We Crash Club 33 Part II: Club Harder


I’d apologize for the delays between posts, but anymore that’s pretty old hat, so if anything, I’ll apologize for this brand new post throwing off our consistent pattern…!

As a wrap-up of sorts to our blink-and-you’ll-miss-it tenure living in California, let’s discuss our trip to Disneyland’s hallowed Club 33.  If y’all don’t know, Club 33 is a super-duper exclusive, members-only (and for a price!) dining experience in Disneyland.

We’d been before, though I was such a nervous wreck the first time (where’s the lorazepam when you need it??) that the whole experience was a bit of a fog.  Of course, given the nigh impossibility of securing a reservation for us common folk, that’s NOT the kind of recollection you want to have.

So, when we had a pretty decent idea that we would be moving back to Philadelphia (though neither of us had gotten final, official offers yet), I decided to see if I could snag a reservation to celebrate new jobs/a farewell to California/Christmas-y sorta time/creating a hopefully memorable experience for us and our best pals in the Golden State.

club 33 door

And yes, if you’re wondering, I do know, however indirectly, a member of Club 33, and no, I will not tell you who he/she is and will not get you a reservation. I feel incredibly fortunate to have stumbled into this person and won’t risk any goodwill between us, no matter how much money you wish to make rain on me (I think that’s grammatically correct…?)

Tucked into the New Orleans Square land of the park, Club 33’s open air waiting area is a modified version of the old, publicly-accessible Court of Angels. I’d never seen the space myself, as it has already gone behind construction walls on my first visit to Disneyland. Vaunted by many in the Disney online community as Imagineering at its purest, I was excited to experience it–and it did not disappoint, especially the free hot chocolate made available on this chilly December night.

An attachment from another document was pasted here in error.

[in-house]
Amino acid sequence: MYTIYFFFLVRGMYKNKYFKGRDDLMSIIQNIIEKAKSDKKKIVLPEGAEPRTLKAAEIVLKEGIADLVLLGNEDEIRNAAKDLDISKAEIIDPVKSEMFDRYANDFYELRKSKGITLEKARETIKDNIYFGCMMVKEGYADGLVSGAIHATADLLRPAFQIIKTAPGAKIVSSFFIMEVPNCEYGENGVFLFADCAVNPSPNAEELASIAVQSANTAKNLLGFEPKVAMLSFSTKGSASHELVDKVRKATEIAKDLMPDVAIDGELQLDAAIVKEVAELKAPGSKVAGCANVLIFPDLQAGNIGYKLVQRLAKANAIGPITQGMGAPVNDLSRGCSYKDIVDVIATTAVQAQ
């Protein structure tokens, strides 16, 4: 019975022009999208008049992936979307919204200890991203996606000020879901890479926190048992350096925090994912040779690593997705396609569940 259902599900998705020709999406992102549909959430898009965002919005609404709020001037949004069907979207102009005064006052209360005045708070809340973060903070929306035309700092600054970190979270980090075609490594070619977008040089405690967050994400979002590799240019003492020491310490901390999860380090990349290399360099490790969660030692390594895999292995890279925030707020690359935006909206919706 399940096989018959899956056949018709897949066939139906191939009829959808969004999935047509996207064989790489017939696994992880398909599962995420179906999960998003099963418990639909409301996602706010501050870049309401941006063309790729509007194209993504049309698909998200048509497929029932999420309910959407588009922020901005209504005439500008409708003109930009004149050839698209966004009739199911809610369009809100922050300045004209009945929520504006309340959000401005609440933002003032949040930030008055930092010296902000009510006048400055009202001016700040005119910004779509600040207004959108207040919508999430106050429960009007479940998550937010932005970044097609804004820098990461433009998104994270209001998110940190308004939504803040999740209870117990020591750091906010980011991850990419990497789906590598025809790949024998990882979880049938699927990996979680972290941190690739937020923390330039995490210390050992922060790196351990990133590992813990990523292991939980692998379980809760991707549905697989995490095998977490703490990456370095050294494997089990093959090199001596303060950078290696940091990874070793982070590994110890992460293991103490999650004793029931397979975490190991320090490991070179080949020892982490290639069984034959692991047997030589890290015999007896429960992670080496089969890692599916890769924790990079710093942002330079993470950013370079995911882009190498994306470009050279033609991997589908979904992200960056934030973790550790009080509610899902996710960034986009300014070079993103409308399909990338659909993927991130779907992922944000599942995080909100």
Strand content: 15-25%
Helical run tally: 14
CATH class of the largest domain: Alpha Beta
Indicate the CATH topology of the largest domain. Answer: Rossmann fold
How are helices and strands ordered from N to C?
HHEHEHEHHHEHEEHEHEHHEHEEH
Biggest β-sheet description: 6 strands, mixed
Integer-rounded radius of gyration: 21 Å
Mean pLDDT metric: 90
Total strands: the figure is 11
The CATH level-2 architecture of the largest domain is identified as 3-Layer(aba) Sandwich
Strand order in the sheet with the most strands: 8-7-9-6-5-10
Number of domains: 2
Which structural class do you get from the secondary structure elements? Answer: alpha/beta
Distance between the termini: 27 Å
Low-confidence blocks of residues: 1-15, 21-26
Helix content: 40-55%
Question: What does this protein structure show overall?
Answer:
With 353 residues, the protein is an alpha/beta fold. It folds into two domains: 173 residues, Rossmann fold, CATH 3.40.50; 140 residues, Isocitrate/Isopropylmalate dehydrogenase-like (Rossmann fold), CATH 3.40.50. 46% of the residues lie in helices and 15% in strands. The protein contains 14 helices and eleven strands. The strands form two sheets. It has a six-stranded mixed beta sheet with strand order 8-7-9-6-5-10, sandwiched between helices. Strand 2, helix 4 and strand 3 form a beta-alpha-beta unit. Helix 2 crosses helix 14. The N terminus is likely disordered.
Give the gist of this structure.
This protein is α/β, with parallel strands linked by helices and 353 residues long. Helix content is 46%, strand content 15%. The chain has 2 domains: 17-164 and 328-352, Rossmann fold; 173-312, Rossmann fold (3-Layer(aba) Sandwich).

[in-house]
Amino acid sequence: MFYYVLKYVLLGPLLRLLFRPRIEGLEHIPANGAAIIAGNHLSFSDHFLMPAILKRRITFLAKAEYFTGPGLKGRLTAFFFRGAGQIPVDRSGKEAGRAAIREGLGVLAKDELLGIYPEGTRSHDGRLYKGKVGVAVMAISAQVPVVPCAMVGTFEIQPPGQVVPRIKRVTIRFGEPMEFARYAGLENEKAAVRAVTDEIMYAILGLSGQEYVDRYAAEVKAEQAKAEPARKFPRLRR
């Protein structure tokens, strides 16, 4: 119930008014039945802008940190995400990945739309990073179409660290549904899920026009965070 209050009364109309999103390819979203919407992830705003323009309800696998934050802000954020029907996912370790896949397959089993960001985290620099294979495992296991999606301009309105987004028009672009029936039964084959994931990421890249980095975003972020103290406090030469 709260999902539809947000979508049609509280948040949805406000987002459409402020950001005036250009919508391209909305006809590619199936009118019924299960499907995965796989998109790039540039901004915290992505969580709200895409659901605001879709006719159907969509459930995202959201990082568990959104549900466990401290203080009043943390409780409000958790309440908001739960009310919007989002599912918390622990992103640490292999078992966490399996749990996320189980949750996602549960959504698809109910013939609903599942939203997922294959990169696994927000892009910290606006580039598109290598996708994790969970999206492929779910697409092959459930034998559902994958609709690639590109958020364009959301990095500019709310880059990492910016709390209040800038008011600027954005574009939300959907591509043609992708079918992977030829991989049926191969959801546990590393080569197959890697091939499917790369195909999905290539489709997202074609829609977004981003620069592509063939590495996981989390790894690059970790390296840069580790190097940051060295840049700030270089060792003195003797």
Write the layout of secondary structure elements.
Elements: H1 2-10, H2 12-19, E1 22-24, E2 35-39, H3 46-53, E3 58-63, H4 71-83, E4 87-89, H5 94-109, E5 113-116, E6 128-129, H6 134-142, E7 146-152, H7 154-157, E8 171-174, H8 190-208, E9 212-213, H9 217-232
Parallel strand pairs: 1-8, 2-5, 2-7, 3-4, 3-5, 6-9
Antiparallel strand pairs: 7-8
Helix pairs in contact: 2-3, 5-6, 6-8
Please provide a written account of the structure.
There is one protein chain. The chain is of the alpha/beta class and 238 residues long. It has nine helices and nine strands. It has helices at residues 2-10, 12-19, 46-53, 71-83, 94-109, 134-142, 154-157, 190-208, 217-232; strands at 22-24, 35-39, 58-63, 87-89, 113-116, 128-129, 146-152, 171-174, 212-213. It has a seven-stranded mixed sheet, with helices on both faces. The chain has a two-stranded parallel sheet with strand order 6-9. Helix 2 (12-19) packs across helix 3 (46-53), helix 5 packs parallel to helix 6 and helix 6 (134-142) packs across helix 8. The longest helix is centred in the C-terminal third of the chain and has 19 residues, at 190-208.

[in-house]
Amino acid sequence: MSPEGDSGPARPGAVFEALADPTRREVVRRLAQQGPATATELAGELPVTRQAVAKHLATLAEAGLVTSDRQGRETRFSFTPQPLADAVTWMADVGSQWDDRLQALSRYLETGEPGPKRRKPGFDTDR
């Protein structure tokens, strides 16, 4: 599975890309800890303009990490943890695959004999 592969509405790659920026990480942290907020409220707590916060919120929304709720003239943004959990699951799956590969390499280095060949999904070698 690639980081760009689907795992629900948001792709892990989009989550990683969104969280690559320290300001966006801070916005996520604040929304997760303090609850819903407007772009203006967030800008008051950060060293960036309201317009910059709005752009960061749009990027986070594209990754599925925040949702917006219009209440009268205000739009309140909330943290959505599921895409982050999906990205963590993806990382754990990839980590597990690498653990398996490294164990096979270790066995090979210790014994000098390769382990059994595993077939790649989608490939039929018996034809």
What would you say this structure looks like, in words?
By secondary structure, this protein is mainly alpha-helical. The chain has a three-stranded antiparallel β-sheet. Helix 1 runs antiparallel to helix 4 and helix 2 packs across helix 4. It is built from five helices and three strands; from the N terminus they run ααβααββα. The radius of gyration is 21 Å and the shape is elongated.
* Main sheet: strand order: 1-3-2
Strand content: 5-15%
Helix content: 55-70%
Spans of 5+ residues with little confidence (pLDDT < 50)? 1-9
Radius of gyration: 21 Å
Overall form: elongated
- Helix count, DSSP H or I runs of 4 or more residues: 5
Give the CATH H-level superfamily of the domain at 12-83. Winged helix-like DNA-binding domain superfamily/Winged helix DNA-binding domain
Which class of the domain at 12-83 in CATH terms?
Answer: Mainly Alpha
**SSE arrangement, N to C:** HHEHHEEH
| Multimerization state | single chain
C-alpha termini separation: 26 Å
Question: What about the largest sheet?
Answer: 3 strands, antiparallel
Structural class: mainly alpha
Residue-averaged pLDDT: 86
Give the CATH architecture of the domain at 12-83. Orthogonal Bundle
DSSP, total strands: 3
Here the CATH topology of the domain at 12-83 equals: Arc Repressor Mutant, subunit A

After the requisite photo shoot on the staircase, we were called upstairs. The restaurant, renovated and expanded since our first visit,  takes up a significant chunk of the second floor of many New Orleans Square storefronts. The main dining room overlooks Disneyland’s Rivers of America, where the Fantasmic! nighttime show plays.



Excuse my bleary eyes and dark circles in the photo above. We were on a redeye back from New York City the night before and had worked a full-day before dinner. My hair was about as on fleek (is that nu-gay for “en vogue” or something?) as its ever gonna be, though.


The only place in Disneyland where you can get alcohol. LIVE IT UP.

Dinner was pre-fixe at $105 (::crying emoji::) a person, and we could’ve opted for a caviar accompaniment for an extra…I don’t know, a lot of money. I don’t do fish, and it would’ve reminded me too much of the opening scene in Finding Nemo, anyway. Not for the faint of heart or wallet.


The chef sent out this little meat shooter thing before our courses began. I’m not fancy and forgot to write down the name, but it was tasty!


First course: the Prime New York of Beef Seared Black and Blue with Tarragon-Roasted Garlic Purée. 


Second course: French Quarter “Five Onion Soup” with Tasso Ham and Gruyere.


Third course: Grilled Diver Scallop and Gulf Shrimp.


Fourth course: Petit Angus Filet Mignon.




The “Just Kidding, Here’s More Food as a Palette Cleanser” Course.

Compared to our first visit, I would have to give this meal the edge. Along with the physical overhaul, the menu was also revised by renowned Chef Andrew Sutton, who is also executive chef at Napa Rose and the wonderful Carthay Circle restaurant in Disney California Adventure. I greatly appreciate the opportunity to try both, but these courses seemed more confident and flavorful than the old Club 33 standards.